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Why are companies and their leaders so blind for (reputational) risks?

Reputational risks: why?

(this blog post also appeared on the website of EACD) An organization makes a decision, and you know for certain that it will cause turmoil. Why do companies take those kind of risks? Why do leaders make decisions that they know will cause commotion?

Companies frequently ask for my support in strengthening their reputation and issues management capabilities. In a presentation I held last week for about 100 professionals, I discussed why companies and their leaders seem to be so blind for reputational risks. I discussed 4 reasons why.

Reason 1. Group think. Who likes to oppose to the general opinion of the group?

A few weeks ago I led a discussion on a difficult issue. As an outsider, I was surprised that everyone was remarkably unanimous. After all, this was a hot topic. All sorts of reasons came on the table as to why these professionals had it all under control.

At first I didn’t want to break the good ambience and I let it happen. But it didn’t make sense. And so I named what I observed: group think. This intervention led to a more focused discussion.

Groupthink
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Reason 2. Filtering. Making sure that information matches with our thoughts and opinions.

There is so much information available. And yet we manage to filter out information which matches with our thoughts and opinions. “See, I am right!”, we tell ourselves.

Reputational risks: filtering

Reason 3. Bolstering. Searching for information which reinforces our point of view.

We tend to search for information which reinforces our point of view or opinion. This way we prove our point.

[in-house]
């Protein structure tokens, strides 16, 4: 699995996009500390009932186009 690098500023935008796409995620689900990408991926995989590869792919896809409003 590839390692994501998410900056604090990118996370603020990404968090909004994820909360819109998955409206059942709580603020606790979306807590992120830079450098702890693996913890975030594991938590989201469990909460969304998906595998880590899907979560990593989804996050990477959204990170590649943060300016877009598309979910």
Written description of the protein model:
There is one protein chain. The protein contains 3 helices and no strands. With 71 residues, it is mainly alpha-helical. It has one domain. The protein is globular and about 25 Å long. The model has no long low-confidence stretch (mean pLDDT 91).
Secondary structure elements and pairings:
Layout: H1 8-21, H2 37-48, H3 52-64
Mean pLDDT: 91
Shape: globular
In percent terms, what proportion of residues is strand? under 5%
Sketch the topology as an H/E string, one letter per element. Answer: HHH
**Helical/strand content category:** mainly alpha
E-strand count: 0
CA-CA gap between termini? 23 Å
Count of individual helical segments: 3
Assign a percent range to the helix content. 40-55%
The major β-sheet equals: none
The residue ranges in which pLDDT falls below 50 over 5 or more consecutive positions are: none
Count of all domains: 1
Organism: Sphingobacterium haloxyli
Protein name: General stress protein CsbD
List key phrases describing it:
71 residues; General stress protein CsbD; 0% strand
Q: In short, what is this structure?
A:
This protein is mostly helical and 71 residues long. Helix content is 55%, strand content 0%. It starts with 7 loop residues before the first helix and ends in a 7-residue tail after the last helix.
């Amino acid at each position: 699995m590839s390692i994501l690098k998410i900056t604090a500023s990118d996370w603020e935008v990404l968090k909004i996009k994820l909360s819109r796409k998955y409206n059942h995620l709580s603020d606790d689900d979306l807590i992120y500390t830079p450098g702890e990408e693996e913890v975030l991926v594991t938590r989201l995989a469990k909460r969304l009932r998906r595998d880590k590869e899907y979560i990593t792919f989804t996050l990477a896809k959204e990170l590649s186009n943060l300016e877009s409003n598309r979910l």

For example. Think of the Supervisory Board arguing that the CEO should have a salary raise and then engages an agency that confirms that idea based on benchmarking.

Reputational Risks: bolstering

Reason 4. Wishful thinking. Believing what is convenient.

We base our beliefs on what could be convenient for ourselves or the situation. Thus our beliefs are not based on rationality or reality. A decision is made and we expect we can get away with it.

Reputational risks: wishful thinking

A short time ago I wrote a blog (sorry, in Dutch) about the importance of ‘speaking up’ and disagreement for a strong reputation and modern leadership. It is important to have a process in place for checking the fundamental assumptions behind important decisions and for evaluating the reputational risks involved. Thus preventing unnecessary damage.

Two weeks ago, an excellent letter was submitted in Dutch newspaper Het Financieele Dagblad by professor Femke de Vries (University of Groningen): “Embracing a troublemaker is good for the organization”. De Vries marked something important: we must appreciate those who protect us from blind spots.

“The most important contribution will come from rewarding and appreciating those who really do speak differently. Just when our hackles raise, we should listen carefully. Because types like Omtzigt (FK: Dutch politician) should not be the black sheep, but the white raven in the organization that protects us from blind spots.”  

Femke de Vries, Financieele Dagblad, 31 March 2021.

I wholeheartedly agree with professor De Vries. In too many companies there is little tolerance for the critical minded. And that is a terrible shame. Critical voices are vital to good reputation and issues management.

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